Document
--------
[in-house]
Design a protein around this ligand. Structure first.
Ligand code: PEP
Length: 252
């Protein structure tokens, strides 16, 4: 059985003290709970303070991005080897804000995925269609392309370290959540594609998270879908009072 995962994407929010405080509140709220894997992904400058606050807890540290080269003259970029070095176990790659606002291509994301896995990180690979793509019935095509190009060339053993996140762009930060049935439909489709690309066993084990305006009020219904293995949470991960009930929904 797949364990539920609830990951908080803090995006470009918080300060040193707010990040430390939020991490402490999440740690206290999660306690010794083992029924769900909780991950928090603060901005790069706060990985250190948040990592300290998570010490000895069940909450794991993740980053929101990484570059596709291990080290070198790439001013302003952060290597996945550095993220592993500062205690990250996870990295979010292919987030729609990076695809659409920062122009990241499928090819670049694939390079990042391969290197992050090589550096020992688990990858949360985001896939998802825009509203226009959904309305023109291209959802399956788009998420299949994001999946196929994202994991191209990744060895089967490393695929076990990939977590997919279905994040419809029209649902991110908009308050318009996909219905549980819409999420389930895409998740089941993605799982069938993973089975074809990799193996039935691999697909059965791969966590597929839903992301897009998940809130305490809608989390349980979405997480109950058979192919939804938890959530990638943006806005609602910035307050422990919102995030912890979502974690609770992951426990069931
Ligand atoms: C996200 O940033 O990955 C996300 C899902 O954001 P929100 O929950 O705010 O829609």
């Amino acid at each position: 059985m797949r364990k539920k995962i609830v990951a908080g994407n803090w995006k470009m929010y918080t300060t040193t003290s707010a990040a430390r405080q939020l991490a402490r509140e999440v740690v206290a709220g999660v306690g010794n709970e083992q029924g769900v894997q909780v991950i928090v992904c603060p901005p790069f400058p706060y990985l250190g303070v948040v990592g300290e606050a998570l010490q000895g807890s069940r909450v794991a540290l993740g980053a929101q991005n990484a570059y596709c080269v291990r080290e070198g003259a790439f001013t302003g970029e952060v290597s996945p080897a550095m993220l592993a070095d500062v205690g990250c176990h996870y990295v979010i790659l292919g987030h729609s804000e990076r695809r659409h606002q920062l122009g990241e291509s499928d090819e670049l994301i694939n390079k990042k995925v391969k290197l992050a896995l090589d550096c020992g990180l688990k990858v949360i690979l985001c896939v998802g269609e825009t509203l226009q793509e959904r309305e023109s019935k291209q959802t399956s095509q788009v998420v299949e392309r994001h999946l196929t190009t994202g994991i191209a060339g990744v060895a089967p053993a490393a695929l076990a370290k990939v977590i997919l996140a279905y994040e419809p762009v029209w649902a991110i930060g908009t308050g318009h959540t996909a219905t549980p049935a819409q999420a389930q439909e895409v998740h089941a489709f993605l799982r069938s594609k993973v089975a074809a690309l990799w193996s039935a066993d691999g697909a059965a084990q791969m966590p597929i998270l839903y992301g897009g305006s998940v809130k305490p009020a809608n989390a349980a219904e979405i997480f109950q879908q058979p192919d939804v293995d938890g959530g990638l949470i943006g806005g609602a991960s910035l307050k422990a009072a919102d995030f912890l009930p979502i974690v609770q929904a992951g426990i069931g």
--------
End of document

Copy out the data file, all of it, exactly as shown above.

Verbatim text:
[in-house]
Design a protein around this ligand. Structure first.
Ligand code: PEP
Length: 252
């Protein structure tokens, strides 16, 4: 059985003290709970303070991005080897804000995925269609392309370290959540594609998270879908009072 995962994407929010405080509140709220894997992904400058606050807890540290080269003259970029070095176990790659606002291509994301896995990180690979793509019935095509190009060339053993996140762009930060049935439909489709690309066993084990305006009020219904293995949470991960009930929904 797949364990539920609830990951908080803090995006470009918080300060040193707010990040430390939020991490402490999440740690206290999660306690010794083992029924769900909780991950928090603060901005790069706060990985250190948040990592300290998570010490000895069940909450794991993740980053929101990484570059596709291990080290070198790439001013302003952060290597996945550095993220592993500062205690990250996870990295979010292919987030729609990076695809659409920062122009990241499928090819670049694939390079990042391969290197992050090589550096020992688990990858949360985001896939998802825009509203226009959904309305023109291209959802399956788009998420299949994001999946196929994202994991191209990744060895089967490393695929076990990939977590997919279905994040419809029209649902991110908009308050318009996909219905549980819409999420389930895409998740089941993605799982069938993973089975074809990799193996039935691999697909059965791969966590597929839903992301897009998940809130305490809608989390349980979405997480109950058979192919939804938890959530990638943006806005609602910035307050422990919102995030912890979502974690609770992951426990069931
Ligand atoms: C996200 O940033 O990955 C996300 C899902 O954001 P929100 O929950 O705010 O829609």
């Amino acid at each position: 059985m797949r364990k539920k995962i609830v990951a908080g994407n803090w995006k470009m929010y918080t300060t040193t003290s707010a990040a430390r405080q939020l991490a402490r509140e999440v740690v206290a709220g999660v306690g010794n709970e083992q029924g769900v894997q909780v991950i928090v992904c603060p901005p790069f400058p706060y990985l250190g303070v948040v990592g300290e606050a998570l010490q000895g807890s069940r909450v794991a540290l993740g980053a929101q991005n990484a570059y596709c080269v291990r080290e070198g003259a790439f001013t302003g970029e952060v290597s996945p080897a550095m993220l592993a070095d500062v205690g990250c176990h996870y990295v979010i790659l292919g987030h729609s804000e990076r695809r659409h606002q920062l122009g990241e291509s499928d090819e670049l994301i694939n390079k990042k995925v391969k290197l992050a896995l090589d550096c020992g990180l688990k990858v949360i690979l985001c896939v998802g269609e825009t509203l226009q793509e959904r309305e023109s019935k291209q959802t399956s095509q788009v998420v299949e392309r994001h999946l196929t190009t994202g994991i191209a060339g990744v060895a089967p053993a490393a695929l076990a370290k990939v977590i997919l996140a279905y994040e419809p762009v029209w649902a991110i930060g908009t308050g318009h959540t996909a219905t549980p049935a819409q999420a389930q439909e895409v998740h089941a489709f993605l799982r069938s594609k993973v089975a074809a690309l990799w193996s039935a066993d691999g697909a059965a084990q791969m966590p597929i998270l839903y992301g897009g305006s998940v809130k305490p009020a809608n989390a349980a219904e979405i997480f109950q879908q058979p192919d939804v293995d938890g959530g990638l949470i943006g806005g609602a991960s910035l307050k422990a009072a919102d995030f912890l009930p979502i974690v609770q929904a992951g426990i069931g």